According to it, the vitamin can modulate or regulate the way the immune system works, going as far as helping control the factors that result in autoimmune diseases. The body can produce this vitamin, but it needs the help of sunlight. Try spending at least 20 minutes outdoors during early midday without wearing sunscreen. On days when there’s not enough sunlight, you can supplement your diet with a vitamin D supplement. Even better, when outside, exercise to further improve your gut.
6. Eat Antioxidants to Prevent the Formation of Free RadicalsTreatments can potentially increase the formation of free radicals. These are uncharged molecules that can damage healthy cells by stealing their electrons. As free radicals increase, you are at risk of developing oxidative stress. It is a condition wherein there’s an imbalance between free radicals and the compounds that can fight them. The good news is you can help your body get rid of free radicals by increasing your intake of antioxidants. Plant-based foods are excellent sources since they use these compounds as a defense against their own threats such as pathogens. To boost your diet, you can add BIOHM Super Greens. You can incorporate them into your smoothies, healthy sweet treats, and soups.
7. Avoid Sugar and Processed Foods to Control Growth of Candida
One of the ways how to heal gut flora is to avoid sugar since yeast tends to feed on them. Yeast thrives on sugar, so reducing your sugar intake will directly reduce your risk of a yeast infection. Without cutting back on sugar, yeast can take over and cause some health problems.
Although, while you are reducing your intake of sugar, you should also not consume too many artificial sweeteners. Artificial sweeteners are popular replacements for sugar. However, there have been studies shown that artificial sweeteners can harm your gut microbiota.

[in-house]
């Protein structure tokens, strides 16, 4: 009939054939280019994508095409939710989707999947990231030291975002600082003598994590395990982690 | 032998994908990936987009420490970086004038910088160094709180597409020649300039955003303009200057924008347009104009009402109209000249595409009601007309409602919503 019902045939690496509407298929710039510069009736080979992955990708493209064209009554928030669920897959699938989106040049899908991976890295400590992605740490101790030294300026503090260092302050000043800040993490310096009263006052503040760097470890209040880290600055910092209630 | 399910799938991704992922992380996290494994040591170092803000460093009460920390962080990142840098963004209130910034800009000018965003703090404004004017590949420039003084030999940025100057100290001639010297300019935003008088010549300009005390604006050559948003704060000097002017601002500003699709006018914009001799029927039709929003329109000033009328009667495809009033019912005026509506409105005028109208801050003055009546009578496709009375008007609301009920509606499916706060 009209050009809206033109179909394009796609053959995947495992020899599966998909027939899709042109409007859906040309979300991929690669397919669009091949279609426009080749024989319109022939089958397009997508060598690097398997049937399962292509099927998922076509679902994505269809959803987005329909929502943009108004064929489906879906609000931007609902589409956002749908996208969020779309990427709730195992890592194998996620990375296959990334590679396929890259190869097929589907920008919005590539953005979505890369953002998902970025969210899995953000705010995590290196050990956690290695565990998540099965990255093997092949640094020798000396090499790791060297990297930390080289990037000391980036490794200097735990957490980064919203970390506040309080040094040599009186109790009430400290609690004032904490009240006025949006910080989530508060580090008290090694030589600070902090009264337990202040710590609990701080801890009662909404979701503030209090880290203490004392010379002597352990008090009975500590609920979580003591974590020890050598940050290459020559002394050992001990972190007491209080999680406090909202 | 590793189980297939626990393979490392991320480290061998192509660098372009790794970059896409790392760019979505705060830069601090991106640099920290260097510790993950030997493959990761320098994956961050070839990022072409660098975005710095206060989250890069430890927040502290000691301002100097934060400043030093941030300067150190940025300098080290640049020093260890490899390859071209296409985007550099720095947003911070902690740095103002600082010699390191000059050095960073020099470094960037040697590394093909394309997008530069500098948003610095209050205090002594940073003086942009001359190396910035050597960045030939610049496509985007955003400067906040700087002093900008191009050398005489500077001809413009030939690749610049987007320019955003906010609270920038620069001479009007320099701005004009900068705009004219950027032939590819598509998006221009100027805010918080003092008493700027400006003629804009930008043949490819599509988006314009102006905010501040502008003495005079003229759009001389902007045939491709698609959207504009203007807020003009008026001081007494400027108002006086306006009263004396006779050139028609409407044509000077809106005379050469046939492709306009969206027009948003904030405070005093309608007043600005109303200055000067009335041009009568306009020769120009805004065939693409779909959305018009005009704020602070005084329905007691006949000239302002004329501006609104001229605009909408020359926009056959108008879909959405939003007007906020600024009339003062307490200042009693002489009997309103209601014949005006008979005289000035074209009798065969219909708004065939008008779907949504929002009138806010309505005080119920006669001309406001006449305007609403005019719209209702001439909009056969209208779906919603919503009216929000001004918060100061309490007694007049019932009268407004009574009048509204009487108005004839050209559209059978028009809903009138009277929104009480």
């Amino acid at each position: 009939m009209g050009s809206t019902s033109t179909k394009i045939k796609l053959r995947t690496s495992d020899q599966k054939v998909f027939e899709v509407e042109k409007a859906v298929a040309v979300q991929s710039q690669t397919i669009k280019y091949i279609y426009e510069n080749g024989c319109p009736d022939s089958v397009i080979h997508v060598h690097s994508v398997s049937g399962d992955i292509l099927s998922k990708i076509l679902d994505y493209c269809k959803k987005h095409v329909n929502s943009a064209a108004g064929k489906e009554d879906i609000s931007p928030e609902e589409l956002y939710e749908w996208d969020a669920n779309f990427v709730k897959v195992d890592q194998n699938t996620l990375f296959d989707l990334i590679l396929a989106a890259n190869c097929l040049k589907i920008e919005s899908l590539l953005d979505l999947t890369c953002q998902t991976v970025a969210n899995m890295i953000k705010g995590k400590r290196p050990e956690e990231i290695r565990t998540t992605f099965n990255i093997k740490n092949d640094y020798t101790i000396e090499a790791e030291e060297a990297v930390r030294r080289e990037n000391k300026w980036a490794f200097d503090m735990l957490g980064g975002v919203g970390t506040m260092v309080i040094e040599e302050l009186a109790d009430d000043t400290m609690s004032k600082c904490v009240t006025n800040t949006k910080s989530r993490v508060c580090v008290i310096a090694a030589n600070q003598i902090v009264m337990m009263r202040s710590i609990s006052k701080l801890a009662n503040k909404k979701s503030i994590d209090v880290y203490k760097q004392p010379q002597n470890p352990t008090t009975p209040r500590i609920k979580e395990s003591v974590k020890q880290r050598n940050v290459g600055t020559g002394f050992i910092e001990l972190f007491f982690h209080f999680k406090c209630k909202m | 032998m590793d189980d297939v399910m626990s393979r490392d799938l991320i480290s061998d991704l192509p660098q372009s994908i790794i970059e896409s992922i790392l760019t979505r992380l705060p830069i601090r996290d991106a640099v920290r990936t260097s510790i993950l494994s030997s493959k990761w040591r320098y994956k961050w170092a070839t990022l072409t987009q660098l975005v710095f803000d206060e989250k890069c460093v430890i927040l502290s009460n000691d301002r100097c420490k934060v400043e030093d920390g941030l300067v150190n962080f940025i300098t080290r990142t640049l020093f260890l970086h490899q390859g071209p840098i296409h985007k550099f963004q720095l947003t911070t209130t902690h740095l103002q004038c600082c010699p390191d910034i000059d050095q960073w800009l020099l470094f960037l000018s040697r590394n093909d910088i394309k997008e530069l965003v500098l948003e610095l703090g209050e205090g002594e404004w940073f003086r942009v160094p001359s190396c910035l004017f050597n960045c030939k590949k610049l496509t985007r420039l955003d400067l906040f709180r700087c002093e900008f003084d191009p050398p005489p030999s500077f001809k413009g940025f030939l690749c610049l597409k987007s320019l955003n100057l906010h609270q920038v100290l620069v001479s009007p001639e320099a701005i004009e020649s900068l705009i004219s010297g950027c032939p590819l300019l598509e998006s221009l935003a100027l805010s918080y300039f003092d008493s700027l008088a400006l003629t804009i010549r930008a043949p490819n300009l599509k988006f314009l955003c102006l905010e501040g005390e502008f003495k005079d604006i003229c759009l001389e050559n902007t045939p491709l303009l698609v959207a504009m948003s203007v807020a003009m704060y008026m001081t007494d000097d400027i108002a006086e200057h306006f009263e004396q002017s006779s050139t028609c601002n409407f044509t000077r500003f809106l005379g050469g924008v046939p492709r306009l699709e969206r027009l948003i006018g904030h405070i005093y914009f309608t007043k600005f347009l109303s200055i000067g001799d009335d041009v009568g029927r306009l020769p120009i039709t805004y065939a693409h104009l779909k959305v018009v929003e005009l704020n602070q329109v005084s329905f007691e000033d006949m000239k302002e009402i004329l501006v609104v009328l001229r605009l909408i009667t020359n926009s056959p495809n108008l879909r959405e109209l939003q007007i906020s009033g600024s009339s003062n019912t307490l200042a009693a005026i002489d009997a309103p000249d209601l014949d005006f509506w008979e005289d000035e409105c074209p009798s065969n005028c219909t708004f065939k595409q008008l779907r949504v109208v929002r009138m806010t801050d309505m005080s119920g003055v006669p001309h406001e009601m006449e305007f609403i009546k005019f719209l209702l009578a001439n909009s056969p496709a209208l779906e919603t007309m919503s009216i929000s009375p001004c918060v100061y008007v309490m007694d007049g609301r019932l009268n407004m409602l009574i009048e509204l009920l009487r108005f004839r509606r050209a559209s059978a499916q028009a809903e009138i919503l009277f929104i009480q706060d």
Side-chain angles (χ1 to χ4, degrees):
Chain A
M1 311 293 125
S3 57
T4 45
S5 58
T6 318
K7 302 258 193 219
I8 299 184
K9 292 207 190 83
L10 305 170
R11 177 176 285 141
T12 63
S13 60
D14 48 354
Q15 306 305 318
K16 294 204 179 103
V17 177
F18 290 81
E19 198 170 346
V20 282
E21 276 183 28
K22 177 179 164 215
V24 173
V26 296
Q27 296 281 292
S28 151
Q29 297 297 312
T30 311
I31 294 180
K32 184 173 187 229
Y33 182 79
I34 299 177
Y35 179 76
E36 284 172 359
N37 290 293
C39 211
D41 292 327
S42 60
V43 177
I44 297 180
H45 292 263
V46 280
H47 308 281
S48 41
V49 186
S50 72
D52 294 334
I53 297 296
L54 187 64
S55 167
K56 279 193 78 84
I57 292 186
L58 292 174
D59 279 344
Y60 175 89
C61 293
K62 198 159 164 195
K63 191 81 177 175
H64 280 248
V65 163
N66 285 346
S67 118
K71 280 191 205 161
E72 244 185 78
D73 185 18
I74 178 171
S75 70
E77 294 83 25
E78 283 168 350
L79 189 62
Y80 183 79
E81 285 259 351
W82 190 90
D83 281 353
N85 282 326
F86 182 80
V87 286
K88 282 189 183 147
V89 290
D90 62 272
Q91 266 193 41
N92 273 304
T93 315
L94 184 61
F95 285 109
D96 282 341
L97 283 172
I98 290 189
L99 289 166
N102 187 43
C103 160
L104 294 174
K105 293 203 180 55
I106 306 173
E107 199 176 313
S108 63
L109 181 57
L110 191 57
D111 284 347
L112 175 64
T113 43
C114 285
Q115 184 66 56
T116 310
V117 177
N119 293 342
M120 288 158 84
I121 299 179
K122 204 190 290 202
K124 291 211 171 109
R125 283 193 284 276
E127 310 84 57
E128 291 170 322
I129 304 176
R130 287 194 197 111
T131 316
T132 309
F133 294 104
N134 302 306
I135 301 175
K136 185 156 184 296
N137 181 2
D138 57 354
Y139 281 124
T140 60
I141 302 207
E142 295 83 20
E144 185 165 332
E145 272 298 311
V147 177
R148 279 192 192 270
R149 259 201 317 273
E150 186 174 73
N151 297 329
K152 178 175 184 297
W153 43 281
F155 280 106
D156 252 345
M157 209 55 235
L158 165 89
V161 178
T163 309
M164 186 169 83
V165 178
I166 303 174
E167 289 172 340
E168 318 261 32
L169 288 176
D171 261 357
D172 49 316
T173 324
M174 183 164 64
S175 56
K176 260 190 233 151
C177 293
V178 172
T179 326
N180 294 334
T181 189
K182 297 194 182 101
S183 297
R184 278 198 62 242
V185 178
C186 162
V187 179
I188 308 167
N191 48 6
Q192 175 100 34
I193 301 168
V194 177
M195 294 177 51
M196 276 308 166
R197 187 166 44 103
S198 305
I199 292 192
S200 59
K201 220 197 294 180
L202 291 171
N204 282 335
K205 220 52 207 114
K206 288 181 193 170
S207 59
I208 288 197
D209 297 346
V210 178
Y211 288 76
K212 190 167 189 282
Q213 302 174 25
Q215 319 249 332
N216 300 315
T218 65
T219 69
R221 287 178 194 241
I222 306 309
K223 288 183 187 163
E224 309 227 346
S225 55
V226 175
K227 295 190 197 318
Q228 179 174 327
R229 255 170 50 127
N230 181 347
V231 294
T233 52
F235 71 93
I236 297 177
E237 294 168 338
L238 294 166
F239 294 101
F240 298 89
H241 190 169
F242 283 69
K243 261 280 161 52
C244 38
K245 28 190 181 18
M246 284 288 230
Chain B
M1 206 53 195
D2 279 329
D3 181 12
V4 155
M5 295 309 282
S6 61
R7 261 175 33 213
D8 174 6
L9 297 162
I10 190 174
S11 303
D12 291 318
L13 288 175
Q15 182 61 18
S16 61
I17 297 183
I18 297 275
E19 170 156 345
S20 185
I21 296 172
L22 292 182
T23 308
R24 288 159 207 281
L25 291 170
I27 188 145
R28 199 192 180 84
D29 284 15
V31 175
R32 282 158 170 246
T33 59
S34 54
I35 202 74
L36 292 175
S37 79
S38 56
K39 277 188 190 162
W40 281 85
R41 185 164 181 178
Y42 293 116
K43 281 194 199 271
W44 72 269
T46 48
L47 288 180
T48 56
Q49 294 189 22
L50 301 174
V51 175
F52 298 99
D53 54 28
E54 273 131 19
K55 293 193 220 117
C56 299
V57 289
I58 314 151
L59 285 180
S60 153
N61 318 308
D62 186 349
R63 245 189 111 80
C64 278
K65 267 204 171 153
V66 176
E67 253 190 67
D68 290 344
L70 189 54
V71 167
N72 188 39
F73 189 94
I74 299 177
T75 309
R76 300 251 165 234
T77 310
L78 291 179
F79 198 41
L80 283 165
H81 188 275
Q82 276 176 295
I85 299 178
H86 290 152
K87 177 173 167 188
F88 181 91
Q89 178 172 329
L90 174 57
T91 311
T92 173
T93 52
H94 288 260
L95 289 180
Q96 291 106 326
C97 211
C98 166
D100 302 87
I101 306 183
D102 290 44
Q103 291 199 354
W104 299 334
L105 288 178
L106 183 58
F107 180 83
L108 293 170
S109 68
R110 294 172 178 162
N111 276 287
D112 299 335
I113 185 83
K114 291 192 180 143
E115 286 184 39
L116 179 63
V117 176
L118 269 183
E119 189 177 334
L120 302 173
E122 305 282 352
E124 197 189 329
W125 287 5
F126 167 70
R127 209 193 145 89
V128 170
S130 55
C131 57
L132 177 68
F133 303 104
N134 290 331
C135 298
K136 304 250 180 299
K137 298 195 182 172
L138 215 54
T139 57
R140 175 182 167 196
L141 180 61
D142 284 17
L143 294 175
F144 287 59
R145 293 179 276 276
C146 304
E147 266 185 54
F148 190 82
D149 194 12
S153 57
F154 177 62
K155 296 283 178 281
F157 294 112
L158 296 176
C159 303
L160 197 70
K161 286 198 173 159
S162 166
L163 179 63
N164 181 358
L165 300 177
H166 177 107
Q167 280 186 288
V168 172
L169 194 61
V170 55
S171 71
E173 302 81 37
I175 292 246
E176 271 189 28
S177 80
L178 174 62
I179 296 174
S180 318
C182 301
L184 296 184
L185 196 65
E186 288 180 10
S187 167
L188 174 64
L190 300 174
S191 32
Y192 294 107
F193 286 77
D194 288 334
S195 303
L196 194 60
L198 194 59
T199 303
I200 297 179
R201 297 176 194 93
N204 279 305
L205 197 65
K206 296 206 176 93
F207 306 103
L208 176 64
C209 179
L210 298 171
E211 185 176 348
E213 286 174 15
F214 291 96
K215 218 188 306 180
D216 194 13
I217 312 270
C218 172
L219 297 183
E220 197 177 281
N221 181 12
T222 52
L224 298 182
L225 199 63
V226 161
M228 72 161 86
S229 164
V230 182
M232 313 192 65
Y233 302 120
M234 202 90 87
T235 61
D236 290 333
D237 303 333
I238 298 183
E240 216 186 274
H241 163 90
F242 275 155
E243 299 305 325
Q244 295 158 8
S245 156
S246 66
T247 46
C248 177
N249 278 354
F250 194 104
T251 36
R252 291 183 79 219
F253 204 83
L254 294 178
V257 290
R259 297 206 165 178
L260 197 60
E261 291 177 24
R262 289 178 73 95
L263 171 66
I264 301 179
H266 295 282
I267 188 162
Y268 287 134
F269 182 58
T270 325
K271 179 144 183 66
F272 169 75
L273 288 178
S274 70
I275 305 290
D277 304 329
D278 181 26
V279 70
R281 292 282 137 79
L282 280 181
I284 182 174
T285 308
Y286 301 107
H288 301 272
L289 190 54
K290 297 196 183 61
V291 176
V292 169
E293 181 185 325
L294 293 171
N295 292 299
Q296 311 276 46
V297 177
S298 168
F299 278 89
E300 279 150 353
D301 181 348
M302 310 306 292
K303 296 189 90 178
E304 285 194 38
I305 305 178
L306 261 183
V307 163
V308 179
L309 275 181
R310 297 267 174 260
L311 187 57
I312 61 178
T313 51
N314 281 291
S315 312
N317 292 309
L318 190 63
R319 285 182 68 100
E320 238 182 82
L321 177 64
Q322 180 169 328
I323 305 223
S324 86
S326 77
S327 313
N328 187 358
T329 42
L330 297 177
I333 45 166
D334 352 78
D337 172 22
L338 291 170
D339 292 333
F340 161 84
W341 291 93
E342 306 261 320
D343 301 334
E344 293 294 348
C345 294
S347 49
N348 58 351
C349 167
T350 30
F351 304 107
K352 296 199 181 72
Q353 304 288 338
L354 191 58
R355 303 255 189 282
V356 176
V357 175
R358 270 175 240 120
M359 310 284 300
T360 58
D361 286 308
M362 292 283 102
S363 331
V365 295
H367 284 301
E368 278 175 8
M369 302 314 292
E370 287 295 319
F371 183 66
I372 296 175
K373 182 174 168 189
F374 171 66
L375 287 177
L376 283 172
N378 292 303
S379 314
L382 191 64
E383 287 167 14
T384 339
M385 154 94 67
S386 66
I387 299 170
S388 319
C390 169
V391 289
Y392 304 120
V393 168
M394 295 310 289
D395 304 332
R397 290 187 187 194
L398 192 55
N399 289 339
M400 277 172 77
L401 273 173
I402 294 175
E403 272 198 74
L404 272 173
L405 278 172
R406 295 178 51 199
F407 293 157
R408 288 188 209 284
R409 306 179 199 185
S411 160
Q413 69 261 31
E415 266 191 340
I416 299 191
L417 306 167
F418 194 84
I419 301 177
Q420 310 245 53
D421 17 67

8. Consume Bone Broth to Help Repair the Gut
It’s not uncommon to experience an upset stomach when taking common treatments. It’s because the treatment may contain substances that can irritate the lining of your tummy and the intestines. Depending on how long you’ve been taking them, they can increase the risk of leaky gut or semi-permeability of your intestinal barrier. When this happens, toxins that should not be in your body can penetrate the bloodstream. Restore gut flora by strengthening and repairing your gut walls. You can consume bone broth, which is high in collagen. Collagen is a protein that helps form the structure of your connective tissues, such as those in your gut.
9. Skip Gluten and Dairy to Reduce Food Sensitivities
Since the diversity of your gut flora plays a significant role in metabolism and immunity, you may develop food sensitivities after your treatment plan. After completing your treatment, you may want to avoid the common culprits of food intolerances such as dairy and gluten, which is a protein present in wheat.